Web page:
Climate change is a statistical phenomenon that cannot be experienced directly, it presents a unique challenge for the human brain. Sander van der Linden from Princeton University found that showing people long-term trends in the average global temperature simply does not carry the same weight in our decisions as the type of strong emotional reactions we form through (negative) experiences. So-called affective cues—fast and associative judgments of things we like and dislike—are formed through everyday experiences, and they help us make judgments and decisions, especially about risks. Our brains are equipped with a biologically hard-wired alarm system that motivates responses to immediate environmental threats. The problem is that because we cannot readily see, hear, or experience the risk of climate change, this affective warning system is not activated.

Moreover, our cognitive understanding of climate risks is often discounted psychologically by the fact that global warming has traditionally been conveyed as an impersonal risk that is likely to happen in other places, to other people, at some point in the distant future. But even with the emotional and cognitive alarms deactivated, there’s still another way that we often learn about risks, and that is socially, through our conversations and connections with other people we care about. Yet, if our close friends and family also don’t seem overly worried about climate change, it is likely that our social alarms will not go off either.

We need to “convince” ourselves to take climate change as seriously as we know we should. We need to learn about how climate change is already impacting their region and local community. For example, numerous studies have shown that climate change is exacerbating the drought in Nusa Tenggara, Indonesia and increasing the frequency and severity of extreme weather events around the world, such as floods and landslides. The human brain is much like a dual-core processor, which means that we learn best when abstract information is elucidated by real-word experiences. For example, although we cannot directly observe climate change, people can and do experience its impacts. What’s important, however, is that people are able to connect what they experience locally with what they already know “intellectually” about the problem.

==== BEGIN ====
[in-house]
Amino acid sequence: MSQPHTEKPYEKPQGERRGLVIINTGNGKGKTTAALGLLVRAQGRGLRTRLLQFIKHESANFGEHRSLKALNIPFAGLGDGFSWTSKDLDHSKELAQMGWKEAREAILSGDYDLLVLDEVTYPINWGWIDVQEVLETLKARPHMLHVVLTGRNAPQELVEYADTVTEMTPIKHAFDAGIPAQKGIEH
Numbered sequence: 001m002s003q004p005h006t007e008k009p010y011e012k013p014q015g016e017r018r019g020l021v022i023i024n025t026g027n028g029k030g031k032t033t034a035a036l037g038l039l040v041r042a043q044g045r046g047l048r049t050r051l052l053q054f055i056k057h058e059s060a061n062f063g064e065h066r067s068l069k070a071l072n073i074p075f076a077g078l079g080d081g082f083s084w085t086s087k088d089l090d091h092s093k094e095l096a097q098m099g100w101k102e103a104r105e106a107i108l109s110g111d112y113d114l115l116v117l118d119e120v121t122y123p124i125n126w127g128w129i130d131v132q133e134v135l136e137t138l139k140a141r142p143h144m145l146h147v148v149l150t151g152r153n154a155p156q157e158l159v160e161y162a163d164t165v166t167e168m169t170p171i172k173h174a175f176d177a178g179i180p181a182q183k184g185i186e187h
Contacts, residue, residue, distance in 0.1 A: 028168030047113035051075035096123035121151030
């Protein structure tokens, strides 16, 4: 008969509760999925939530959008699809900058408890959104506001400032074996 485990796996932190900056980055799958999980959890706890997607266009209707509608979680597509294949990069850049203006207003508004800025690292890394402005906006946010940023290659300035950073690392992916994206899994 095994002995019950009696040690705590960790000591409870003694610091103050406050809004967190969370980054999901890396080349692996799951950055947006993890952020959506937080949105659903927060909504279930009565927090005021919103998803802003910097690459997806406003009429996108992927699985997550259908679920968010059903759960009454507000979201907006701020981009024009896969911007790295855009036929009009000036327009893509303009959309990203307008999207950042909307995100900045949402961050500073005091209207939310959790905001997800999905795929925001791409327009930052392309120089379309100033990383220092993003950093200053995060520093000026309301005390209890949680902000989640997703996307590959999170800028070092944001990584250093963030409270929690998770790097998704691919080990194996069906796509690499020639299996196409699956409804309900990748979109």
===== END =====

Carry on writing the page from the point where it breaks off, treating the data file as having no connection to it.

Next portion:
It can also help to consider the moral components of climate change, which as the result of human decision-making is fundamentally a moral issue. The world’s poor will be disproportionately impacted by climate change, even although they contributed the least. Similarly, the choices that we make today will likely impact the quality of life of our children and grandchildren. While tons of psychological research shows that people are often intrinsically motivated to help others, if we want to convince ourself further, ask ourself this: knowing that we are all partially responsible, do we feel that we have a moral obligation to take climate change seriously?

Climate change has many types of risk, it is possible for people to worry so much about the issue that it paralyzes them. Worry is an active emotional state that often motivates people to find ways to mitigate a particular threat or problem (the adaptive response). Fear, on the other hand, often overwhelms people and can lead to inaction, denial, and other maladaptive responses. This has to do with the fact that the brain’s subcortical “fear center” (the amygdala) has more connections running to the higher-order prefrontal parts of the brain than vice versa, this is why it is often easy to be overwhelmed by fear but more difficult to consciously control it. A healthy amount of worry can motivate action.

Indonesian version of this article was published in Selasar.